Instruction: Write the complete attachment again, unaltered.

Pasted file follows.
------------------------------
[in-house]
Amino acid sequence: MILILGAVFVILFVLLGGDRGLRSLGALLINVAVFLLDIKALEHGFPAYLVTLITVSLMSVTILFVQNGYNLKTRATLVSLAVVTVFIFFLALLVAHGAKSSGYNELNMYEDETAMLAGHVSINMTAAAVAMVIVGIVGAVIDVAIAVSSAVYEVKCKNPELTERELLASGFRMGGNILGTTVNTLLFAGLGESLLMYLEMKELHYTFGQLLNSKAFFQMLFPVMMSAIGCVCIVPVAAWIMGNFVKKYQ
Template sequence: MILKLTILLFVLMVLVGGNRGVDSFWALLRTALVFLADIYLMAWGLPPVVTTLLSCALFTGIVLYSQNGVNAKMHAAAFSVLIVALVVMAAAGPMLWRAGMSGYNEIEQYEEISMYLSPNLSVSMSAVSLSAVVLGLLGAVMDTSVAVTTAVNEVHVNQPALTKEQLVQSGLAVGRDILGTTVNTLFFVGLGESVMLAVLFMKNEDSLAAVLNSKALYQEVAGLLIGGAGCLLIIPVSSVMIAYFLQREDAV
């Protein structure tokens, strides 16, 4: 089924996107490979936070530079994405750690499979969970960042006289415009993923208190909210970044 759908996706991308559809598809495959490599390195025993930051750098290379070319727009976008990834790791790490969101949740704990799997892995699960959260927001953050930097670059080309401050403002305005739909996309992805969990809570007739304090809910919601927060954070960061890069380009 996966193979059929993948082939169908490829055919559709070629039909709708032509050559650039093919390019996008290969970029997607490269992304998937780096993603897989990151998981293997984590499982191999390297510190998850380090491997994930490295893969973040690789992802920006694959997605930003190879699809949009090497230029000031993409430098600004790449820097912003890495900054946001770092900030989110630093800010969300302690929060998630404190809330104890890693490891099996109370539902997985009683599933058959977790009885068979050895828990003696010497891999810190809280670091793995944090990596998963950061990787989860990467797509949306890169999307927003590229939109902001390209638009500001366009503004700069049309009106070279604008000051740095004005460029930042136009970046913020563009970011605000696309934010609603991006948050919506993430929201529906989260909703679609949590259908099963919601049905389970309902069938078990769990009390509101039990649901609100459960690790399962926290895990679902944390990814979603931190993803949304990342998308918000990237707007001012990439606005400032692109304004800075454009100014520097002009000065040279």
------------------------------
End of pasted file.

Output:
[in-house]
Amino acid sequence: MILILGAVFVILFVLLGGDRGLRSLGALLINVAVFLLDIKALEHGFPAYLVTLITVSLMSVTILFVQNGYNLKTRATLVSLAVVTVFIFFLALLVAHGAKSSGYNELNMYEDETAMLAGHVSINMTAAAVAMVIVGIVGAVIDVAIAVSSAVYEVKCKNPELTERELLASGFRMGGNILGTTVNTLLFAGLGESLLMYLEMKELHYTFGQLLNSKAFFQMLFPVMMSAIGCVCIVPVAAWIMGNFVKKYQ
Template sequence: MILKLTILLFVLMVLVGGNRGVDSFWALLRTALVFLADIYLMAWGLPPVVTTLLSCALFTGIVLYSQNGVNAKMHAAAFSVLIVALVVMAAAGPMLWRAGMSGYNEIEQYEEISMYLSPNLSVSMSAVSLSAVVLGLLGAVMDTSVAVTTAVNEVHVNQPALTKEQLVQSGLAVGRDILGTTVNTLFFVGLGESVMLAVLFMKNEDSLAAVLNSKALYQEVAGLLIGGAGCLLIIPVSSVMIAYFLQREDAV
């Protein structure tokens, strides 16, 4: 089924996107490979936070530079994405750690499979969970960042006289415009993923208190909210970044 759908996706991308559809598809495959490599390195025993930051750098290379070319727009976008990834790791790490969101949740704990799997892995699960959260927001953050930097670059080309401050403002305005739909996309992805969990809570007739304090809910919601927060954070960061890069380009 996966193979059929993948082939169908490829055919559709070629039909709708032509050559650039093919390019996008290969970029997607490269992304998937780096993603897989990151998981293997984590499982191999390297510190998850380090491997994930490295893969973040690789992802920006694959997605930003190879699809949009090497230029000031993409430098600004790449820097912003890495900054946001770092900030989110630093800010969300302690929060998630404190809330104890890693490891099996109370539902997985009683599933058959977790009885068979050895828990003696010497891999810190809280670091793995944090990596998963950061990787989860990467797509949306890169999307927003590229939109902001390209638009500001366009503004700069049309009106070279604008000051740095004005460029930042136009970046913020563009970011605000696309934010609603991006948050919506993430929201529906989260909703679609949590259908099963919601049905389970309902069938078990769990009390509101039990649901609100459960690790399962926290895990679902944390990814979603931190993803949304990342998308918000990237707007001012990439606005400032692109304004800075454009100014520097002009000065040279």